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INTRODUCTION TO VALUES EDUCATION. Michael Arthus G. Muega , Ph. D. Lecturer/Coordinator College of Education, University of the Philippines, Diliman, Quezon City, DISP 2009. What is Values?. Values are our means of earning, maintaining, or increasing something or certain things.

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INTRODUCTION TO VALUES EDUCATION


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    1. INTRODUCTION TO VALUES EDUCATION Michael Arthus G. Muega , Ph. D.Lecturer/Coordinator College of Education, University of the Philippines, Diliman, Quezon City, DISP 2009

    2. What is Values? • Values are our means of earning, maintaining, or increasing something or certain things.

    3. What is Education? • Education means knowledge, values, skills, critical thinking, problem solving and creativity.

    4. What is Values Education? Values Education is a product of human activity that involves teaching and learning. This does not mean that there should always be an encounter between two or more persons.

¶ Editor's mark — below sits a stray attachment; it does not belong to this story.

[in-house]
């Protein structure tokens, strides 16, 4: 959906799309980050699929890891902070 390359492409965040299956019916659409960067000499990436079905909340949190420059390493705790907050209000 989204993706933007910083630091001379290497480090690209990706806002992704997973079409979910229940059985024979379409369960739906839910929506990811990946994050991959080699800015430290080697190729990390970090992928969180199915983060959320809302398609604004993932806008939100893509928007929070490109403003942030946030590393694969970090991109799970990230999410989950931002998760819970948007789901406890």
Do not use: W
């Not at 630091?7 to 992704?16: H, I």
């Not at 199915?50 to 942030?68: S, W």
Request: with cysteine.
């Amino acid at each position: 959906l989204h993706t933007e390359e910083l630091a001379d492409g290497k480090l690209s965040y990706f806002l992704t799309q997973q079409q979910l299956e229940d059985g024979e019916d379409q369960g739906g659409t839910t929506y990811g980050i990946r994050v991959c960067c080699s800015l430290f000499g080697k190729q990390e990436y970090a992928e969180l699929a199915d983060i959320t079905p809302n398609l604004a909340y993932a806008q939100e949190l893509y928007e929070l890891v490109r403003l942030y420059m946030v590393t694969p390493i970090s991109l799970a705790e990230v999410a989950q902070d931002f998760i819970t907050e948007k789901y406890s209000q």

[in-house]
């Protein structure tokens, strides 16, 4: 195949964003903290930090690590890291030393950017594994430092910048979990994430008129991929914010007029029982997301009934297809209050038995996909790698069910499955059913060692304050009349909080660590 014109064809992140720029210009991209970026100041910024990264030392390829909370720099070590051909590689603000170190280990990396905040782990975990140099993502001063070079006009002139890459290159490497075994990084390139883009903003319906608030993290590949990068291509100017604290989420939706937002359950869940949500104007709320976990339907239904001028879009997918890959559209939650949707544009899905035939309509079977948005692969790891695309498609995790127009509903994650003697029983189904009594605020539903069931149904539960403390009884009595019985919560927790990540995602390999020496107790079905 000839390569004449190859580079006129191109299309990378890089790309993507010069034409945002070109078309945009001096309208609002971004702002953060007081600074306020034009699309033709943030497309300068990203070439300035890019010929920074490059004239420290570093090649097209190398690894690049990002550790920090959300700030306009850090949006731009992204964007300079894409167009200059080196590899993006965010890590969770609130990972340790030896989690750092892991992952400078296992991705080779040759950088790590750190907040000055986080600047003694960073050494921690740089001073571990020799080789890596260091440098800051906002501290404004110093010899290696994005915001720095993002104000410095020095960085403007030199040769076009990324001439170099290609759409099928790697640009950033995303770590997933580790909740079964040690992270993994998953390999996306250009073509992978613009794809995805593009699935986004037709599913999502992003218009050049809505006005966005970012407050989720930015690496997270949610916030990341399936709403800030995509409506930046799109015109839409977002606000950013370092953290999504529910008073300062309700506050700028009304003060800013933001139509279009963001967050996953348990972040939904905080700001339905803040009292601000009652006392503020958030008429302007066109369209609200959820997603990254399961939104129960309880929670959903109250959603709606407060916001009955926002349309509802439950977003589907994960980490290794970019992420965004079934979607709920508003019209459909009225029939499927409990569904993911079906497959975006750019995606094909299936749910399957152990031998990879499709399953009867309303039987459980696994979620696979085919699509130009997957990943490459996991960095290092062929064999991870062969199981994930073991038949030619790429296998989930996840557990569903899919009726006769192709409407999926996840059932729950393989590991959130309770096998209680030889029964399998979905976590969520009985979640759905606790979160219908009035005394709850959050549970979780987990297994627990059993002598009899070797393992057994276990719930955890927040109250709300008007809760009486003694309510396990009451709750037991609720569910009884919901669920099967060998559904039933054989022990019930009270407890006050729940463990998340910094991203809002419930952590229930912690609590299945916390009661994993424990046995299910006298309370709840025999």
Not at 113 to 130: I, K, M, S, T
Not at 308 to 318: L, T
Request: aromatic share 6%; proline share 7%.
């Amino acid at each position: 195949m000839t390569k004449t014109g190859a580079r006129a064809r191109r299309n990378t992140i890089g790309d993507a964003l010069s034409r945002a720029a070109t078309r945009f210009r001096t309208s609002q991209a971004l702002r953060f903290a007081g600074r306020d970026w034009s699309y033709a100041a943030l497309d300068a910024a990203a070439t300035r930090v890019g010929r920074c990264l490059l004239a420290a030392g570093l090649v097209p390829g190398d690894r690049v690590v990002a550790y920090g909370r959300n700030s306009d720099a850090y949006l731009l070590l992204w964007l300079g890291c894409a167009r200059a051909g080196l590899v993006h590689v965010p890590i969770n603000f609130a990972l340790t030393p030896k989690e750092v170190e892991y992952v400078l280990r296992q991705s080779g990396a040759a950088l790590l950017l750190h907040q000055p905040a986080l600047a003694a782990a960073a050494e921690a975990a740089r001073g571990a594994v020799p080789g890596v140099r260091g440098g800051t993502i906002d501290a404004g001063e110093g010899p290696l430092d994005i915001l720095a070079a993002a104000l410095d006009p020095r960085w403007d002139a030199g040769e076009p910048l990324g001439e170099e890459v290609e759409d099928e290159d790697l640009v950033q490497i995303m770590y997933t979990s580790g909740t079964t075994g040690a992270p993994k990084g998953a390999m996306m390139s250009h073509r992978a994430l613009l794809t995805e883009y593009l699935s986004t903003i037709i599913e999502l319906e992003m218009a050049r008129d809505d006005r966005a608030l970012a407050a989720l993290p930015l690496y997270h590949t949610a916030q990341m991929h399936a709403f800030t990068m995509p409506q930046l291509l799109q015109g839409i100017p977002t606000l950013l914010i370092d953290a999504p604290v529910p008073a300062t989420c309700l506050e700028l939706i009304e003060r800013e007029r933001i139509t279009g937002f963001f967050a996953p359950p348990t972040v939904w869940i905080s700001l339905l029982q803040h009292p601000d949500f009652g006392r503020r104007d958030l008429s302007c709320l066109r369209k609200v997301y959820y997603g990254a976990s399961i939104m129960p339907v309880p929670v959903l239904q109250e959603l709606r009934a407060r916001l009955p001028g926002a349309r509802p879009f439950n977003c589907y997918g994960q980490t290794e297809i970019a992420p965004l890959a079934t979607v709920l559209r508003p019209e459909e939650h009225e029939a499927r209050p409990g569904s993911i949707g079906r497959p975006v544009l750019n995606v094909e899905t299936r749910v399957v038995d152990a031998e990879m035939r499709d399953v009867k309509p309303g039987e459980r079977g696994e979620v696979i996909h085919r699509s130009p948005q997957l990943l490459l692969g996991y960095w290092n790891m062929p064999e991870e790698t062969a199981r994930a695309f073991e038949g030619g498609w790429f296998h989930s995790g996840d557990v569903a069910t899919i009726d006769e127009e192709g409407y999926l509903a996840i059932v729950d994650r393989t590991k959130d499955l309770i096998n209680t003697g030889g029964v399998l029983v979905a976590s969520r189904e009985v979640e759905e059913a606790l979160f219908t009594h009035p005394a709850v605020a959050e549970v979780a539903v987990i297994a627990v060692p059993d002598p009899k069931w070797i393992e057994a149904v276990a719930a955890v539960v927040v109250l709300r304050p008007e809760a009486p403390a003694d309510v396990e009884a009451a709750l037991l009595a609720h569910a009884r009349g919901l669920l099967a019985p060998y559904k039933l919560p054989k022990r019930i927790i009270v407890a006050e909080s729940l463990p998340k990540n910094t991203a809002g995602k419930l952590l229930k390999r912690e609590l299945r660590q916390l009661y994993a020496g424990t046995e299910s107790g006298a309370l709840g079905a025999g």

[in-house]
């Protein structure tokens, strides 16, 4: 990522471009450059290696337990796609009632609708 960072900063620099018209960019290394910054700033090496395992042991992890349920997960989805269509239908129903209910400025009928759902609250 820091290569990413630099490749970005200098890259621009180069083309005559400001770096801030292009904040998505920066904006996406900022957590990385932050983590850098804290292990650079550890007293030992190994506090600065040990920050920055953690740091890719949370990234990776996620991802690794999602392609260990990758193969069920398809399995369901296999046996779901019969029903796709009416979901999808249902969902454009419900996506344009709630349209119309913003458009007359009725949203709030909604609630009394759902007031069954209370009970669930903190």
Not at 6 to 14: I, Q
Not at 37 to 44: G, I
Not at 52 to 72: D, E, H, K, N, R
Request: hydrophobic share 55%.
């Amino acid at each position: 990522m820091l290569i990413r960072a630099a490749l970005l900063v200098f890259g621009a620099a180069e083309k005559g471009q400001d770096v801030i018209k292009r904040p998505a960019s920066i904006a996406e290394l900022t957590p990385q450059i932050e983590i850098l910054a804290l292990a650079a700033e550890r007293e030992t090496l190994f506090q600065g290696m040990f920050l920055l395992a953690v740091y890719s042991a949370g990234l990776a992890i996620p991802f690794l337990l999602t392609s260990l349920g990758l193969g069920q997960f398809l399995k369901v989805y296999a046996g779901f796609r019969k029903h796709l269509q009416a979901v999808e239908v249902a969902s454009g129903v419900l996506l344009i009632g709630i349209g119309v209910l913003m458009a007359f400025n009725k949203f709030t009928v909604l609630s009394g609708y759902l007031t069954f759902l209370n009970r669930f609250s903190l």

5. Values education, that is to say, does not require the presence of at least one teacher and at least another one pupil. For anyone can be his/her own teacher and his/her own pupil.

    6. Values education, in one of its broad senses, could be said to be a human activity whose chief aims include turning out people:

    7. (1) who could tell right from wrong, (2)who know why something is right or otherwise, and (3)who would do the right thing.

    8. Some Theories of Morality INSTRUMENTALISM – is a suggestion that right and wrong are determined with reference to the consequences of a certain belief and its application.

    9. FUNCTIONALISM – suggests that everything, including human beings is defined by a certain inherent function or purpose.

    10. Historical Foundations of Values Education in the Philippines

    11. RBEC or Revitalized Basic Education Curriculum • Makabayan • Makatao • Makakalikasan • Maka-Diyos

    12. Values Education • Pre-Spanish Era • Spanish Era • American Era • Japanese Era • Post-Japanese & American Era • Martial Law Period • Post-Martial Law Period

    13. Social Values evolve according to the demands and requirements or dictates of forces that are also changing together with the environment through the passage of time.

    14. What sort of things do you think could be affected by a change in societal values?

    15. What are the implications of changing societal values?

    16. Change in the components of the educational system • School curriculum • Instructional materials • Training of teachers • Instructional processes • Educational administration • Assessment procedures, etc.